The 1999 Constitution, which had its roots in the recommendation of the constitutional conference called by General Sani Abacha in 1994-1995, fixed a derivation formula at a minimum of 13% but was silent on the issue of onshore-offshore dichotomy.
Since the 1999 Constitution was silent on the dichotomy issue, it was assumed that its abolition by Babangida subsists, until Obasanjo took the case to the Supreme Court in 2002. The Supreme Court re-introduced the dichotomy in Abia State & 36 others vs Federal Government of Nigeria.
The ruling of the Supreme Court generated heated debates. Consequently, it was decided to find a political solution to the issue. After much consultation, Obasanjo, on August 20, 2002, sent a bill to the National Assembly seeking the abolition of onshore/offshore oil dichotomy in the derivation revenue sharing formula in Nigeria.
The bill was passed by the House on January 21, 2004, during the speakership of Aminu Bello Masari, and also by the Senate under Adolphus Wabara, before Obasanjo signed it on February 16, 2004. Thus effectively abolishing offshore-onshore dichotomy. In 2005, the Supreme reiterated this position in the case of Adamawa & 21 others vs FGN.
It is our observation that the whole debate on resource control has been quite narrow and restricted to oil only. The discovery of oil in other African countries and the development of alternative power like shale oil, etc, is fast diminishing the premium value our oil commands. To be forward thinking, we must emphasize that within the Nigerian nation abound diverse natural resources, which, over the years, have not constituted remarkable means for socioeconomic advancement.
Such resources, which include cotton, groundnut, ginger, cocoa, oil palm, rubber, and even solid minerals, can play significant roles in fostering rapid growth and development in the primary, secondary and tertiary sectors of the economy. Every state within each of the six geo-political zones is blessed with abundant minerals that, if developed, can be the catalyst for socio-economic development.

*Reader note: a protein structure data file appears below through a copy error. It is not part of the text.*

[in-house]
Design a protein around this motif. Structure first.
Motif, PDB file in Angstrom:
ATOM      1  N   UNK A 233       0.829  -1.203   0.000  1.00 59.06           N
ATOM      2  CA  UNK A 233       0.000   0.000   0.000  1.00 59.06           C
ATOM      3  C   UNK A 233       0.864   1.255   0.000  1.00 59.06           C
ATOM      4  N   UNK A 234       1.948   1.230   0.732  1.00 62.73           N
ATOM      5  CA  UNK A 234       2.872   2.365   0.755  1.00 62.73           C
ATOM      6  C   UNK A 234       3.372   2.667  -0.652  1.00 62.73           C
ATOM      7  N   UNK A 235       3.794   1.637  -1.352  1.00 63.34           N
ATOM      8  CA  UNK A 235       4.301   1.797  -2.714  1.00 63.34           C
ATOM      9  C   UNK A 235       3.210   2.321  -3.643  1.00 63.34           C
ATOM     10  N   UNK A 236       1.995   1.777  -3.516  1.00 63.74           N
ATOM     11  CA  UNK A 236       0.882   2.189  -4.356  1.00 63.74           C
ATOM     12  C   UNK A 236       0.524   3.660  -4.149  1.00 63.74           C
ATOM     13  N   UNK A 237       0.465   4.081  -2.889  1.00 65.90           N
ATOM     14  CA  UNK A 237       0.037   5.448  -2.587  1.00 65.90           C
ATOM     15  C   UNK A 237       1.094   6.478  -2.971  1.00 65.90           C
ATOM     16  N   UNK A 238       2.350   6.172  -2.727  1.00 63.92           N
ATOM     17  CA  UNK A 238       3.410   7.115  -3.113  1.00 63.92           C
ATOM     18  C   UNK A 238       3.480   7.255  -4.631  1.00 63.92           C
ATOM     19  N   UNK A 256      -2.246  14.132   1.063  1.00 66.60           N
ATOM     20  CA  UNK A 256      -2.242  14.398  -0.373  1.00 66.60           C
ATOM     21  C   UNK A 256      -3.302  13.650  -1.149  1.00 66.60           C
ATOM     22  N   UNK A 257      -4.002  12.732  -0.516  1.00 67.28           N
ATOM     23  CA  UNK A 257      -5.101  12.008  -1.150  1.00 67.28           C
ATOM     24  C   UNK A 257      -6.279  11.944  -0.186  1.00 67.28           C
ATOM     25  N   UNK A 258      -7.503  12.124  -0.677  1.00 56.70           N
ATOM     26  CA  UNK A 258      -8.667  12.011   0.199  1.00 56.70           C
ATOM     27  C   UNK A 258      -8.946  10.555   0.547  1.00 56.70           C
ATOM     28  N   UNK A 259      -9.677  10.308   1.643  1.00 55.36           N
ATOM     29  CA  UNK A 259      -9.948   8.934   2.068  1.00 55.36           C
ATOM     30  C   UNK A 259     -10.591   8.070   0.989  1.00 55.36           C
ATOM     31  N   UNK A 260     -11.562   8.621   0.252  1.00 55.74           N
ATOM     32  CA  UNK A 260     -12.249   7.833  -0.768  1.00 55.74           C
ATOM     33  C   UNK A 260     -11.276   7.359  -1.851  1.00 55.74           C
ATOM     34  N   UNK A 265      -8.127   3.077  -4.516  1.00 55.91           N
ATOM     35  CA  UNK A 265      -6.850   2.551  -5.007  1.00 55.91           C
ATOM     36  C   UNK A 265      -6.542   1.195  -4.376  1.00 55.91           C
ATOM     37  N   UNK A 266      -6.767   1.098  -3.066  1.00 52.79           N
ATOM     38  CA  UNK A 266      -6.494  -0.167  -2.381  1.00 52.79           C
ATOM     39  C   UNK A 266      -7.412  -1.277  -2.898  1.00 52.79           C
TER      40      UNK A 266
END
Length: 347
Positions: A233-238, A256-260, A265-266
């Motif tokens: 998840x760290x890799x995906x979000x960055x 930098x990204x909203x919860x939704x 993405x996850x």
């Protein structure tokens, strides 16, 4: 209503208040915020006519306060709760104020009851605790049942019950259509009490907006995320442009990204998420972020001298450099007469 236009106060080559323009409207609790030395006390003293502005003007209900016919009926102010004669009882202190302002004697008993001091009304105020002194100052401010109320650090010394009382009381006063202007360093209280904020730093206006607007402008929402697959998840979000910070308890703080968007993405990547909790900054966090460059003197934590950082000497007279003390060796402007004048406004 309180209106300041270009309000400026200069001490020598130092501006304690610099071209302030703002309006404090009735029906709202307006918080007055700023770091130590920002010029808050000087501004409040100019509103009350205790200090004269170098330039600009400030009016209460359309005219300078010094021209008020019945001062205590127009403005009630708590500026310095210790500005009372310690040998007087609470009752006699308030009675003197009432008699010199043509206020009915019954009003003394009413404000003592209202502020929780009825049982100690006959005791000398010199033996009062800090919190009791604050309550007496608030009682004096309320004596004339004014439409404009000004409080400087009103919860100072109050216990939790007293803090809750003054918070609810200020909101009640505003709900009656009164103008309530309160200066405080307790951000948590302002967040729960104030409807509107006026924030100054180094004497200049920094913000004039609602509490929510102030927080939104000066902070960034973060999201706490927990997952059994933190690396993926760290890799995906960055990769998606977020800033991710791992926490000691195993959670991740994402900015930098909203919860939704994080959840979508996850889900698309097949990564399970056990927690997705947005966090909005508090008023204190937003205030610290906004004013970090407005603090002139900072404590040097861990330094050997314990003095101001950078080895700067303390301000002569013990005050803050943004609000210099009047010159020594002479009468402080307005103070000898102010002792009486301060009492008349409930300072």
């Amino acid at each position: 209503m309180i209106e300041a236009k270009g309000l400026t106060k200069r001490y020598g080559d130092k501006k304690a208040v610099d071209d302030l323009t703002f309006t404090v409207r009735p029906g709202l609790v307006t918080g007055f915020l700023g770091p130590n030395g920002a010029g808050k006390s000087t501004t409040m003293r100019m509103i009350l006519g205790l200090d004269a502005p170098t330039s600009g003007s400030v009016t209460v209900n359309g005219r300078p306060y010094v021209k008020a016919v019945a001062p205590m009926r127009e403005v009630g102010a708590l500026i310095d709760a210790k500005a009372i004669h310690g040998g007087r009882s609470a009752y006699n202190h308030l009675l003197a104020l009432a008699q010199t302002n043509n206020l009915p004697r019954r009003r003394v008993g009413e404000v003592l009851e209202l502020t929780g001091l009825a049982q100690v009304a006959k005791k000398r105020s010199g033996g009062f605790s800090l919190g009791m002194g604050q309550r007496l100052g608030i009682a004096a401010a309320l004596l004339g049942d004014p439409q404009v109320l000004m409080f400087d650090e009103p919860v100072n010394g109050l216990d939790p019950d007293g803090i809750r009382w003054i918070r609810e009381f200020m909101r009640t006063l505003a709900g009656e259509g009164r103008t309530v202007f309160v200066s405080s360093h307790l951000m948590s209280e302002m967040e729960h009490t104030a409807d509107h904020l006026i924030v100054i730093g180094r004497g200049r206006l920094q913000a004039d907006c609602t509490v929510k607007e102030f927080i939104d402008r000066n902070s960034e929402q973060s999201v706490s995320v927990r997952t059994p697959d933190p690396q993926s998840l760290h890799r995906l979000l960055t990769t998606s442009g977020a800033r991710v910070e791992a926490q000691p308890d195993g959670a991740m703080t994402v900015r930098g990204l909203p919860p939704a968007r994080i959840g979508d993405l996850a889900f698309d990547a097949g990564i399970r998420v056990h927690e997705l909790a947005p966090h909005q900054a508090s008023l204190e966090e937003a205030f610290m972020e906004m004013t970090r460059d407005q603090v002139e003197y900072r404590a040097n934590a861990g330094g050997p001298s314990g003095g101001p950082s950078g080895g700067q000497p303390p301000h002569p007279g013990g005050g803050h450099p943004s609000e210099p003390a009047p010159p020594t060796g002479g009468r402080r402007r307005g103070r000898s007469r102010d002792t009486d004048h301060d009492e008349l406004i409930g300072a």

It is our observation that the debate about resource control has been coloured by regional interest and politics instead of hard economic analysis and political viability. Moreover, the problem with Nigeria is not just about resource control but with resource management.
It is our belief that fiscal federalism is a key component of any federal system world over. A cardinal principle and essential ingredient of federalism is that no level of government is subordinate to another, though there must be a central government for this exercise. Some important features of federalism as noted earlier are: (i) division of powers among levels of government (ii) coordinate supremacy of each level of government (iii) financial autonomy of each level of government.
We therefore call for the various federating units (six geo-political zones) to control the resources (both oil and non-oil) located within their states (onshore only) and pay tax of 50% to the central government. This was the case with Nigeria until the military struck in 1966.
The offshore resources, being located within Nigeria’s territorial should be controlled by the central government for the common good of all.